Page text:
The evolution of online safety: Lessons learned over 20 years

When I wrote the original version of Child Safety on the Information Highway (click here for 20th anniversary updated version), in 1994, “online safety” was largely defined as keeping kids away from porn and predators and the solution was pretty much focused on parental controls.

But, over the past two decades, there have been a lot of changes in both online and mobile technology and some research that gives us a better picture of risks and prevention strategies.

Porn and predators are still part of the picture, but — now that we have some research — we know that the risk of a child being harmed by someone they meet online is extremely low, especially compared to other risks. If a child is going to be harmed by an adult, it is far more likely to be someone they know from the real world such as a relative, family friend or other trusted adult.

As for porn, there is no question that kids who want to find it probably will, but after more than 20 years of Internet access, we haven’t seen huge social or psychological problems emerge. Still, many parents are rightfully concerned about the type of content their kids are viewing, which is why I wrote So your kid is looking at porn. Now what?.

Real risks

Over time it became increasingly obvious that some of the biggest risks to kids came not from dangerous adults but from themselves and other kids. In 2009, the Internet Safety Technical Task Force, assembled by Harvard’s Berkman Center per an agreement between 49 state attorneys general and MySpace, concluded that “actual threats that youth may face appear to be different than the threats most people imagine” and that “the image presented by the media of an older male deceiving and preying on a young child does not paint an accurate picture of the nature of the majority of sexual solicitations and Internet-initiated offline encounters.”

What the task force did find is that “bullying and harassment, most often by peers, are the most salient threats that minors face, both online and offline.” Partially because researchers can’t agree on a definition of bullying and harassment, the actual risk is hard to quantify, but it is clearly much higher than the risk of being harmed by a predator.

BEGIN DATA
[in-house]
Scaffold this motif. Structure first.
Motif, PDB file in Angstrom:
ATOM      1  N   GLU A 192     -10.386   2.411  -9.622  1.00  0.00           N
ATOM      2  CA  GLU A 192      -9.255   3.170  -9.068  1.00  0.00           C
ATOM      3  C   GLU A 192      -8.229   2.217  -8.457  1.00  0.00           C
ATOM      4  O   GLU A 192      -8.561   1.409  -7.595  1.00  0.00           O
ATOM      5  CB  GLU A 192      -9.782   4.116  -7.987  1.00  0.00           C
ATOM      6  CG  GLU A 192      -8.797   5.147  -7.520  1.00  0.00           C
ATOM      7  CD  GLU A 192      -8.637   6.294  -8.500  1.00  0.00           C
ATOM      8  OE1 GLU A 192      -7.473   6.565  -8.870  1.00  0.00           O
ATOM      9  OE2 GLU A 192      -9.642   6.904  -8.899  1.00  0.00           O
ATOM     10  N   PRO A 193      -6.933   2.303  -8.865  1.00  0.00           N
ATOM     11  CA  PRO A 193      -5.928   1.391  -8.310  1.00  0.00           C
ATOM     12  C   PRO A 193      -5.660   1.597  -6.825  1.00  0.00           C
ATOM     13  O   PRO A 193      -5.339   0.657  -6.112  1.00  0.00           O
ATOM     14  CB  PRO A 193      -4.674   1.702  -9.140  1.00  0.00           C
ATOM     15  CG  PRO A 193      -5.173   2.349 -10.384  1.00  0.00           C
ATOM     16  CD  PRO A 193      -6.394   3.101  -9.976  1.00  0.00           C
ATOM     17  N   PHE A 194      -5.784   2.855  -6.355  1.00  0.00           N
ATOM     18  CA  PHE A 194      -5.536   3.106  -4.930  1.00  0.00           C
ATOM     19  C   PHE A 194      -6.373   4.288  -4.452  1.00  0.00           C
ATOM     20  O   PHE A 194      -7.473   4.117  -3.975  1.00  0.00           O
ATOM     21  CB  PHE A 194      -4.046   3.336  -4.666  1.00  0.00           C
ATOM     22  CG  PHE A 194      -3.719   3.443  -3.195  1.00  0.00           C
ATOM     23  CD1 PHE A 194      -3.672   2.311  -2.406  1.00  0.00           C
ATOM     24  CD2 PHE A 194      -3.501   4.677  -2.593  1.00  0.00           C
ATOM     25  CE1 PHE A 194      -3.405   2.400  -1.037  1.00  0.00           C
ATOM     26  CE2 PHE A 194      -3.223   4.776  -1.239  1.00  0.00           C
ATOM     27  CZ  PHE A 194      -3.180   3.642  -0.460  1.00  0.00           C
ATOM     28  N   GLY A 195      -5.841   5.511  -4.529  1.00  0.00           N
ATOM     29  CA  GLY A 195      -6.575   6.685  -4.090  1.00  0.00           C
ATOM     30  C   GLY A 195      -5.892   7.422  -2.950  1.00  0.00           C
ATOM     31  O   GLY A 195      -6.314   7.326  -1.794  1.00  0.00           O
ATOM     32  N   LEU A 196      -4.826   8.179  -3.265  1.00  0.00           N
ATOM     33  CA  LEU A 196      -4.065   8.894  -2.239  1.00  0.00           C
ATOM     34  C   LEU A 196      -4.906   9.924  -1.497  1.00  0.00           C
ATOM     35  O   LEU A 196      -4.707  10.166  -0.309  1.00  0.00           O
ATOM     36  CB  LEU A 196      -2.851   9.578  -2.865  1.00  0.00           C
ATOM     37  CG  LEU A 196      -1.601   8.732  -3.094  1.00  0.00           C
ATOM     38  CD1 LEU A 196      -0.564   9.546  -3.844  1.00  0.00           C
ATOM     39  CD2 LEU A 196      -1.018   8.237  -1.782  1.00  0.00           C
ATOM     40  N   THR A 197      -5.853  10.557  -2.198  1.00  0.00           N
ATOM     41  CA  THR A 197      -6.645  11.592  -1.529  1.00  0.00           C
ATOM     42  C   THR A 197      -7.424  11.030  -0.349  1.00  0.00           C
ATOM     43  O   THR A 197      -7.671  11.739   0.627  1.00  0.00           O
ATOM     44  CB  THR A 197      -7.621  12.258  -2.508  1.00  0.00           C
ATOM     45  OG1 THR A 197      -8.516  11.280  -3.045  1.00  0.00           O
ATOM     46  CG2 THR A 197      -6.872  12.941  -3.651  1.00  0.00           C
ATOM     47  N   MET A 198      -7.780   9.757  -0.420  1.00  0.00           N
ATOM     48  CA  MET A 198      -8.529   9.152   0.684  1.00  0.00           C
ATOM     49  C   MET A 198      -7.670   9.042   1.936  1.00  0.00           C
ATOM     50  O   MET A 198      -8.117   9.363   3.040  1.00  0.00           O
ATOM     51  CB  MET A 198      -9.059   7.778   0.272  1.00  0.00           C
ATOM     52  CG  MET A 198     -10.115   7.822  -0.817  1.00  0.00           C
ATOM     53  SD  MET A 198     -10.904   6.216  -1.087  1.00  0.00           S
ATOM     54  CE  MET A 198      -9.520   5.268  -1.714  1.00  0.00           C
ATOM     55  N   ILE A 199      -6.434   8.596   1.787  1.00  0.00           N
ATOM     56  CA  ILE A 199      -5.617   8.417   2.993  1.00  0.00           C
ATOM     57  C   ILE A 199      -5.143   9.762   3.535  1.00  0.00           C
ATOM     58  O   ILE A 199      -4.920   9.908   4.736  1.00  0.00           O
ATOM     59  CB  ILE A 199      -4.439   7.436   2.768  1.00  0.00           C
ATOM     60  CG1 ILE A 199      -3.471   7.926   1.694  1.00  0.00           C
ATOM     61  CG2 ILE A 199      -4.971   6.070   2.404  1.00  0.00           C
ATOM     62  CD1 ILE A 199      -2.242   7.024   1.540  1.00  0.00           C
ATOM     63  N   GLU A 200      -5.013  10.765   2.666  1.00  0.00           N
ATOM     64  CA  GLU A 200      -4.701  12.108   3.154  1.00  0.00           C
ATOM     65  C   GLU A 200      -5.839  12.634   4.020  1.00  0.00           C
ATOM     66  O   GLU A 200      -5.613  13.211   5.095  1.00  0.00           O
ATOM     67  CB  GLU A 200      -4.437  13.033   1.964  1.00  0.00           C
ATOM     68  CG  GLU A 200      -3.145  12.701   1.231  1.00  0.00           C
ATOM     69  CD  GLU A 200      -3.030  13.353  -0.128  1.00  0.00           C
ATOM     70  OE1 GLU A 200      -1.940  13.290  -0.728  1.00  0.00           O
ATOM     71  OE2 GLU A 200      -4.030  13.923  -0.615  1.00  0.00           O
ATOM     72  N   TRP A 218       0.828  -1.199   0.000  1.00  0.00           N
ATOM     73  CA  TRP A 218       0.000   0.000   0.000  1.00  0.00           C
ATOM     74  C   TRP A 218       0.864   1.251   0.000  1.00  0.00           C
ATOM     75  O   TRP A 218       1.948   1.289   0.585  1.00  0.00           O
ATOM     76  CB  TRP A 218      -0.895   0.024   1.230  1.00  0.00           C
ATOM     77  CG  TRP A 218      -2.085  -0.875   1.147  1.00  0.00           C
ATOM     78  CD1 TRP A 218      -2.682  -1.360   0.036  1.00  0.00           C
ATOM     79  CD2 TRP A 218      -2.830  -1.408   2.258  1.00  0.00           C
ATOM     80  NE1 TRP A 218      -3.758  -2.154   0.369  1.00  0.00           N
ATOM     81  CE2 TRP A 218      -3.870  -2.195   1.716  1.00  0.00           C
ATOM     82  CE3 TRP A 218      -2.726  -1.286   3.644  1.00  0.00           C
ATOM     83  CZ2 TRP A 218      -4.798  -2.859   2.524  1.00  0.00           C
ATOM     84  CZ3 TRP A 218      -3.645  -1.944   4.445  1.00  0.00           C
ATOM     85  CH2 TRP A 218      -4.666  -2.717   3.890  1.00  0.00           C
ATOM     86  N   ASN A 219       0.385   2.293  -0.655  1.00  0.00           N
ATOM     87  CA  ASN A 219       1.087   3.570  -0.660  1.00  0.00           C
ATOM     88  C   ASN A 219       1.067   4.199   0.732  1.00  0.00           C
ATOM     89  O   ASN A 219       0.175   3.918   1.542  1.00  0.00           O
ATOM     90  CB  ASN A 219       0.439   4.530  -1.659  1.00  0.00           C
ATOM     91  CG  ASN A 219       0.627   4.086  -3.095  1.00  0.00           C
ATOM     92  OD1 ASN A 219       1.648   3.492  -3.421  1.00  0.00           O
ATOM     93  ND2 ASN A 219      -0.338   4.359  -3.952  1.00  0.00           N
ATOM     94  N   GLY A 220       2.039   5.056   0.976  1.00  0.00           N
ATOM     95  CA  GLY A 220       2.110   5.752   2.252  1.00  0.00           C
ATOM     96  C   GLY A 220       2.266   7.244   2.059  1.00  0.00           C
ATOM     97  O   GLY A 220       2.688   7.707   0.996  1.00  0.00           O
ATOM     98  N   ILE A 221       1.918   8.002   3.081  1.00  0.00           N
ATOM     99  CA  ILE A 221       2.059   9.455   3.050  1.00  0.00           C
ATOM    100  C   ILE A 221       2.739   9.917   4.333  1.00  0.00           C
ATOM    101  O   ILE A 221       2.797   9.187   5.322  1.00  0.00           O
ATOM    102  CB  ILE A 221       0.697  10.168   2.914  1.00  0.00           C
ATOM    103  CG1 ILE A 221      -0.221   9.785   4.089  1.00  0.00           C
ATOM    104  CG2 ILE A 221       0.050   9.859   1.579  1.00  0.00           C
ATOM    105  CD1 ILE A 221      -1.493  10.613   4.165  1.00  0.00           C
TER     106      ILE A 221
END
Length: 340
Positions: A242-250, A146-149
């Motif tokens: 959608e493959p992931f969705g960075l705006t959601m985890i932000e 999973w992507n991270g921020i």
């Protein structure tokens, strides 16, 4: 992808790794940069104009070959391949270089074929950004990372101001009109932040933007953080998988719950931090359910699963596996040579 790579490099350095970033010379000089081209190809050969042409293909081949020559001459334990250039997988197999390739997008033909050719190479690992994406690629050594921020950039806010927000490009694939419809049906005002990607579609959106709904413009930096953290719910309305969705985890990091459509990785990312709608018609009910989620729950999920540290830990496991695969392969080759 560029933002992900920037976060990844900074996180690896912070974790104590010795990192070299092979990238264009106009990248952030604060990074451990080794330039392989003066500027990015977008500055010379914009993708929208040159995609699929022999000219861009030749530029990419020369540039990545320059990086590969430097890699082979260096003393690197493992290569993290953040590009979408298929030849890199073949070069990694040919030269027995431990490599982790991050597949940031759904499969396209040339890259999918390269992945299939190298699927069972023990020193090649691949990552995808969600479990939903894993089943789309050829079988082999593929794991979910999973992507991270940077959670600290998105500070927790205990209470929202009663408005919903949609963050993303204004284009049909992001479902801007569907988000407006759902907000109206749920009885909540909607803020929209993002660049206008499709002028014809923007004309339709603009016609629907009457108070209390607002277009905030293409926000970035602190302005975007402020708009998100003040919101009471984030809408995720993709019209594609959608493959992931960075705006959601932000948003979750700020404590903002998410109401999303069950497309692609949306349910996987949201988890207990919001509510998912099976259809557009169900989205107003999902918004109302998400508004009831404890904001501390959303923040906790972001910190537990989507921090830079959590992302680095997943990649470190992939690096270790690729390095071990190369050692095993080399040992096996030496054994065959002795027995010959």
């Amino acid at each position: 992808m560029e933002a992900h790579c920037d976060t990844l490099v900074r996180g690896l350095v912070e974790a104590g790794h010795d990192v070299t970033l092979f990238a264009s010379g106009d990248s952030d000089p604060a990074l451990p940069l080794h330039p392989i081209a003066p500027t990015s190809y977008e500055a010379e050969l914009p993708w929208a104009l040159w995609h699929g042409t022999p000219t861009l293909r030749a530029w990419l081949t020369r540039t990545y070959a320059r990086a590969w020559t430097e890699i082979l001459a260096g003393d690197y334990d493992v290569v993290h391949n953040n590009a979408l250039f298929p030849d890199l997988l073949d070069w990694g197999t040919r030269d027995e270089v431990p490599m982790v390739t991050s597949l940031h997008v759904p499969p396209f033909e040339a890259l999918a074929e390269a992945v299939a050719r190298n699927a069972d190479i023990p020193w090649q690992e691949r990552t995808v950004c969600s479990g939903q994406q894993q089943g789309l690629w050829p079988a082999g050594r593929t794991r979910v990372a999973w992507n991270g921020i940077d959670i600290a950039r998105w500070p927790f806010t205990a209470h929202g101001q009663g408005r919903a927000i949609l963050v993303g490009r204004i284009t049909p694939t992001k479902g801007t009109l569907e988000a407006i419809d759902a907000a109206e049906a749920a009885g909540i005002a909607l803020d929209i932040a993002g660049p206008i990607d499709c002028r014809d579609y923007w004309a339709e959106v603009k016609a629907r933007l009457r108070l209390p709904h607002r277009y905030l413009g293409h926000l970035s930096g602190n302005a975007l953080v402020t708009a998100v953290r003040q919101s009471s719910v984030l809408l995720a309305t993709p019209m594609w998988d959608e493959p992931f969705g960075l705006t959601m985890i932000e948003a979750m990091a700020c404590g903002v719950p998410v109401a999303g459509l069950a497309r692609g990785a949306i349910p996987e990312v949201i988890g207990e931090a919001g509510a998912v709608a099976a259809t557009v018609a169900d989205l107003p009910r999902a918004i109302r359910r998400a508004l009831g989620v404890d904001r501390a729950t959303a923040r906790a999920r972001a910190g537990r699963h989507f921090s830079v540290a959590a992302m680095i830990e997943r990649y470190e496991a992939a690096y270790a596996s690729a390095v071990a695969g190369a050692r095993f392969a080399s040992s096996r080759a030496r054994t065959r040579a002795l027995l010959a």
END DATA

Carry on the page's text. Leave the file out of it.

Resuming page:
Bullying and “trolling” have been around forever, and it’s true that among young people, so-called “cyberbullying” is often an extension of school-yard issues. But the Internet and phones do change the equation for a number of well-known reasons, including the ability for mean comments to stick around and be passed with lightning speed. Plus, the Net has created new ways to bully like impersonating someone by getting hold of their phone or password    or passing around inappropriate pictures of someone.

Privacy, security and reputation management

As the online safety field evolves, it is starting to focus on some of the more common risks to both youth and adults: privacy, security and reputation management.

While protecting one’s privacy has always been a challenge (i.e. small-town gossip going back centuries), the Internet and mobile technology have created opportunities for privacy problems on a grand scale. For one thing, there is what we post. It’s now very easy to post information that might embarrass yourself or others or reveal secrets that perhaps you ought not to share. There is also the issue of things that companies know about us. Anyone who uses a search engine, email service or social network is leaving breadcrumbs for companies to follow. What’s more, thanks to third-party tracking cookies, some of that information is getting into the hands of companies that we might not even know exist. It’s a serious issue that needs serious thought by consumers, regulators and companies. And everyone — including children and teens — needs to learn how to at least limit what others can find out about them. Plus, thanks to Edward Snowden, we now know that the U.S. and other governments have the capacity to track us as well, and given the enormous power of government over our lives, that too can be a serious problem.